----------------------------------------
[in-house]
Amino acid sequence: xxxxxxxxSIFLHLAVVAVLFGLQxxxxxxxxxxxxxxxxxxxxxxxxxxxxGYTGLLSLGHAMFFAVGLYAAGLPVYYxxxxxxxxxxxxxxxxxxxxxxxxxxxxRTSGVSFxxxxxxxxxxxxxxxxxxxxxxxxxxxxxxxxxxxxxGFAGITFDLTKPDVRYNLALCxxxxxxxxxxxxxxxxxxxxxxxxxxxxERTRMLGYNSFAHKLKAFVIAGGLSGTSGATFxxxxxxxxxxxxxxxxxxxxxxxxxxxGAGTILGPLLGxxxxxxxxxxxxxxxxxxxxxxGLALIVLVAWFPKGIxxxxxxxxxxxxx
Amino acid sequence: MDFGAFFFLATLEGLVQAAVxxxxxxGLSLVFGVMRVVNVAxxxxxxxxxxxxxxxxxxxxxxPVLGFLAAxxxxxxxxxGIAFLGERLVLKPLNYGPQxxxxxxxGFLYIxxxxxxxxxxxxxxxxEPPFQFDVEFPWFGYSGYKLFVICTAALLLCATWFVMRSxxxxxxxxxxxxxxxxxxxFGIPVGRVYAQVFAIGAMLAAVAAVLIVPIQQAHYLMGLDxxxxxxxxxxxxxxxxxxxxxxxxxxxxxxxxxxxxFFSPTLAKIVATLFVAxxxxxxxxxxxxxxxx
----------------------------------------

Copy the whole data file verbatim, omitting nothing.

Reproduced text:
[in-house]
Amino acid sequence: xxxxxxxxSIFLHLAVVAVLFGLQxxxxxxxxxxxxxxxxxxxxxxxxxxxxGYTGLLSLGHAMFFAVGLYAAGLPVYYxxxxxxxxxxxxxxxxxxxxxxxxxxxxRTSGVSFxxxxxxxxxxxxxxxxxxxxxxxxxxxxxxxxxxxxxGFAGITFDLTKPDVRYNLALCxxxxxxxxxxxxxxxxxxxxxxxxxxxxERTRMLGYNSFAHKLKAFVIAGGLSGTSGATFxxxxxxxxxxxxxxxxxxxxxxxxxxxGAGTILGPLLGxxxxxxxxxxxxxxxxxxxxxxGLALIVLVAWFPKGIxxxxxxxxxxxxx
Amino acid sequence: MDFGAFFFLATLEGLVQAAVxxxxxxGLSLVFGVMRVVNVAxxxxxxxxxxxxxxxxxxxxxxPVLGFLAAxxxxxxxxxGIAFLGERLVLKPLNYGPQxxxxxxxGFLYIxxxxxxxxxxxxxxxxEPPFQFDVEFPWFGYSGYKLFVICTAALLLCATWFVMRSxxxxxxxxxxxxxxxxxxxFGIPVGRVYAQVFAIGAMLAAVAAVLIVPIQQAHYLMGLDxxxxxxxxxxxxxxxxxxxxxxxxxxxxxxxxxxxxFFSPTLAKIVATLFVAxxxxxxxxxxxxxxxx